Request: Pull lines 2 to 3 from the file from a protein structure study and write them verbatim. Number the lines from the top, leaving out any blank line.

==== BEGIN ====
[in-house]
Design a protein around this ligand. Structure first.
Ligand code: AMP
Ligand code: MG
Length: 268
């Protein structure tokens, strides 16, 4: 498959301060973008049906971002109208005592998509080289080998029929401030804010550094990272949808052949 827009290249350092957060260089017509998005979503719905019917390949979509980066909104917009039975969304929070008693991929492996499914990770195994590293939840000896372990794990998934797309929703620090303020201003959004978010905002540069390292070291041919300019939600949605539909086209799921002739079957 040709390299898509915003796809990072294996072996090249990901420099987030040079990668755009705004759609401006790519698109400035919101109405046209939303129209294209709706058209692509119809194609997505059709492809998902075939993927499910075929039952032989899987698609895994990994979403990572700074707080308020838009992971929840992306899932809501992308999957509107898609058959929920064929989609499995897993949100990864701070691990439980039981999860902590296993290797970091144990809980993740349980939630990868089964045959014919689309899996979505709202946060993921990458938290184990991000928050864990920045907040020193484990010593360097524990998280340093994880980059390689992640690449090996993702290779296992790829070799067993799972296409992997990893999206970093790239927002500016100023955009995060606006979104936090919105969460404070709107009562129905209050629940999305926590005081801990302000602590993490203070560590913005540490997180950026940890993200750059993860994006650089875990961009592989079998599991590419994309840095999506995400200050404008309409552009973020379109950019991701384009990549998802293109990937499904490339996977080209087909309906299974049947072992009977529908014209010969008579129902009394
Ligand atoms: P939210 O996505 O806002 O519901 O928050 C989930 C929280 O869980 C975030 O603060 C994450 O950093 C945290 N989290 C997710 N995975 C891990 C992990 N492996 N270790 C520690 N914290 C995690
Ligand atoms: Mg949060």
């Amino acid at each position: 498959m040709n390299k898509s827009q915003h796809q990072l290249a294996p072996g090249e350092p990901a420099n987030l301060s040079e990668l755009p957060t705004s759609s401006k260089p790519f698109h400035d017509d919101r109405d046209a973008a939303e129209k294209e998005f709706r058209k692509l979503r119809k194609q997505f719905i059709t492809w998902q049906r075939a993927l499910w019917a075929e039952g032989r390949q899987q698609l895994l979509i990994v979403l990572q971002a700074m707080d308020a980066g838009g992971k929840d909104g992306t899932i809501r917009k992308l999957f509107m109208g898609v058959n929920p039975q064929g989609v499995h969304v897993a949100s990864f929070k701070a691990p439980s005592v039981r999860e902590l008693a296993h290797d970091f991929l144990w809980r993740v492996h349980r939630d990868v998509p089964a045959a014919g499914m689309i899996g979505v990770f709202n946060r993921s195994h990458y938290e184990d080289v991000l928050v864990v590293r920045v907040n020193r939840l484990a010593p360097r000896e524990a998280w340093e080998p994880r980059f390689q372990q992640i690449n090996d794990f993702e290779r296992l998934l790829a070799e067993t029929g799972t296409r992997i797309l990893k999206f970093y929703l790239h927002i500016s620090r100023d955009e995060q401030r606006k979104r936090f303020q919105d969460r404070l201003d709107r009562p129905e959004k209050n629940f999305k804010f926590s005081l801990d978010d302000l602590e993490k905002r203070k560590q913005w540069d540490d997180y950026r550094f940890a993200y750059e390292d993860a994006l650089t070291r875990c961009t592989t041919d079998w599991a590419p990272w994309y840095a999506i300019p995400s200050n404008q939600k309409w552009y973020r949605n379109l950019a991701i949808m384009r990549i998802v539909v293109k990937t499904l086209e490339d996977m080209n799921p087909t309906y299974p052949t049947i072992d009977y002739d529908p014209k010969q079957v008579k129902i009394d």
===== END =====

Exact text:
Design a protein around this ligand. Structure first.
Ligand code: AMP